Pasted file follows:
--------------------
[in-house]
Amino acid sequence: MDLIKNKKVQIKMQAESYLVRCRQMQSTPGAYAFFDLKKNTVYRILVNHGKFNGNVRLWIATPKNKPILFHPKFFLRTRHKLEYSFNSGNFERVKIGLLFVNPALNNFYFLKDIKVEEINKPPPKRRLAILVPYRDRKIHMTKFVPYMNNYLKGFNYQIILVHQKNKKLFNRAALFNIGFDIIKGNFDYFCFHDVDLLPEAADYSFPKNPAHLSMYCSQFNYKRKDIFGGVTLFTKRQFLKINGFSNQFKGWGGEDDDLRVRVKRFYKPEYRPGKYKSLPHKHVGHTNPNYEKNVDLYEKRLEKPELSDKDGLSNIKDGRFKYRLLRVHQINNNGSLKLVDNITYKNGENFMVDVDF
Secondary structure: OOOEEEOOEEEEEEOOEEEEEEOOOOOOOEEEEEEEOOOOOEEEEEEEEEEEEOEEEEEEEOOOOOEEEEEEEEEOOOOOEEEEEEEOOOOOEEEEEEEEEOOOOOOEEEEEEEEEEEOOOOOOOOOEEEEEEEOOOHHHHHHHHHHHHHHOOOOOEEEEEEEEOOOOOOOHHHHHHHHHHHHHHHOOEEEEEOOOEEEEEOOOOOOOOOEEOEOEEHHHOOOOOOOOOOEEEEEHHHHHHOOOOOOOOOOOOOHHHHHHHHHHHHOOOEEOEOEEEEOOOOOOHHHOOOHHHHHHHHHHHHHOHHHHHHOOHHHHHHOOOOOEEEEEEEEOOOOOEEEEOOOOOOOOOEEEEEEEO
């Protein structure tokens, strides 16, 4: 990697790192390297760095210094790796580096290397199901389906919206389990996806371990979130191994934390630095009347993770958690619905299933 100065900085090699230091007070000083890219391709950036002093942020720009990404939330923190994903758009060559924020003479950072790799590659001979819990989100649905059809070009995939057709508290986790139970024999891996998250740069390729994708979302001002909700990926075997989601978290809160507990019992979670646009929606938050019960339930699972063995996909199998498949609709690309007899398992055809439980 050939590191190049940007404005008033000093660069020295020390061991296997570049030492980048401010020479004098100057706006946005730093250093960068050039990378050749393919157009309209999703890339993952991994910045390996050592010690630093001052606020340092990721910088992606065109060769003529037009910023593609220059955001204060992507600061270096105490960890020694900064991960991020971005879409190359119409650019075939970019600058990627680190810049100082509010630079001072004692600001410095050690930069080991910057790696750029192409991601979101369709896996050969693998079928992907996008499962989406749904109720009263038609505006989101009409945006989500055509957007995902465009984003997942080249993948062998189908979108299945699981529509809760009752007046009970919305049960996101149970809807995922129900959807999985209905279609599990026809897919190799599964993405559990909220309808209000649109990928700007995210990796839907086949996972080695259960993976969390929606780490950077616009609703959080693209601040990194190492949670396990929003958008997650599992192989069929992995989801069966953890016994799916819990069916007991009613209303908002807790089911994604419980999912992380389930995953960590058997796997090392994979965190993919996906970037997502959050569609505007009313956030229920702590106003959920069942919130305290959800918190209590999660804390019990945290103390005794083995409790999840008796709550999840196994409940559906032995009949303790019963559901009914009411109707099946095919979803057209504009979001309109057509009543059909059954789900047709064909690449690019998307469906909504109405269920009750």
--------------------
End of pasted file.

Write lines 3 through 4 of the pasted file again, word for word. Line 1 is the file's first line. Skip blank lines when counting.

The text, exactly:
Secondary structure: OOOEEEOOEEEEEEOOEEEEEEOOOOOOOEEEEEEEOOOOOEEEEEEEEEEEEOEEEEEEEOOOOOEEEEEEEEEOOOOOEEEEEEEOOOOOEEEEEEEEEOOOOOOEEEEEEEEEEEOOOOOOOOOEEEEEEEOOOHHHHHHHHHHHHHHOOOOOEEEEEEEEOOOOOOOHHHHHHHHHHHHHHHOOEEEEEOOOEEEEEOOOOOOOOOEEOEOEEHHHOOOOOOOOOOEEEEEHHHHHHOOOOOOOOOOOOOHHHHHHHHHHHHOOOEEOEOEEEEOOOOOOHHHOOOHHHHHHHHHHHHHOHHHHHHOOHHHHHHOOOOOEEEEEEEEOOOOOEEEEOOOOOOOOOEEEEEEEO
């Protein structure tokens, strides 16, 4: 990697790192390297760095210094790796580096290397199901389906919206389990996806371990979130191994934390630095009347993770958690619905299933 100065900085090699230091007070000083890219391709950036002093942020720009990404939330923190994903758009060559924020003479950072790799590659001979819990989100649905059809070009995939057709508290986790139970024999891996998250740069390729994708979302001002909700990926075997989601978290809160507990019992979670646009929606938050019960339930699972063995996909199998498949609709690309007899398992055809439980 050939590191190049940007404005008033000093660069020295020390061991296997570049030492980048401010020479004098100057706006946005730093250093960068050039990378050749393919157009309209999703890339993952991994910045390996050592010690630093001052606020340092990721910088992606065109060769003529037009910023593609220059955001204060992507600061270096105490960890020694900064991960991020971005879409190359119409650019075939970019600058990627680190810049100082509010630079001072004692600001410095050690930069080991910057790696750029192409991601979101369709896996050969693998079928992907996008499962989406749904109720009263038609505006989101009409945006989500055509957007995902465009984003997942080249993948062998189908979108299945699981529509809760009752007046009970919305049960996101149970809807995922129900959807999985209905279609599990026809897919190799599964993405559990909220309808209000649109990928700007995210990796839907086949996972080695259960993976969390929606780490950077616009609703959080693209601040990194190492949670396990929003958008997650599992192989069929992995989801069966953890016994799916819990069916007991009613209303908002807790089911994604419980999912992380389930995953960590058997796997090392994979965190993919996906970037997502959050569609505007009313956030229920702590106003959920069942919130305290959800918190209590999660804390019990945290103390005794083995409790999840008796709550999840196994409940559906032995009949303790019963559901009914009411109707099946095919979803057209504009979001309109057509009543059909059954789900047709064909690449690019998307469906909504109405269920009750």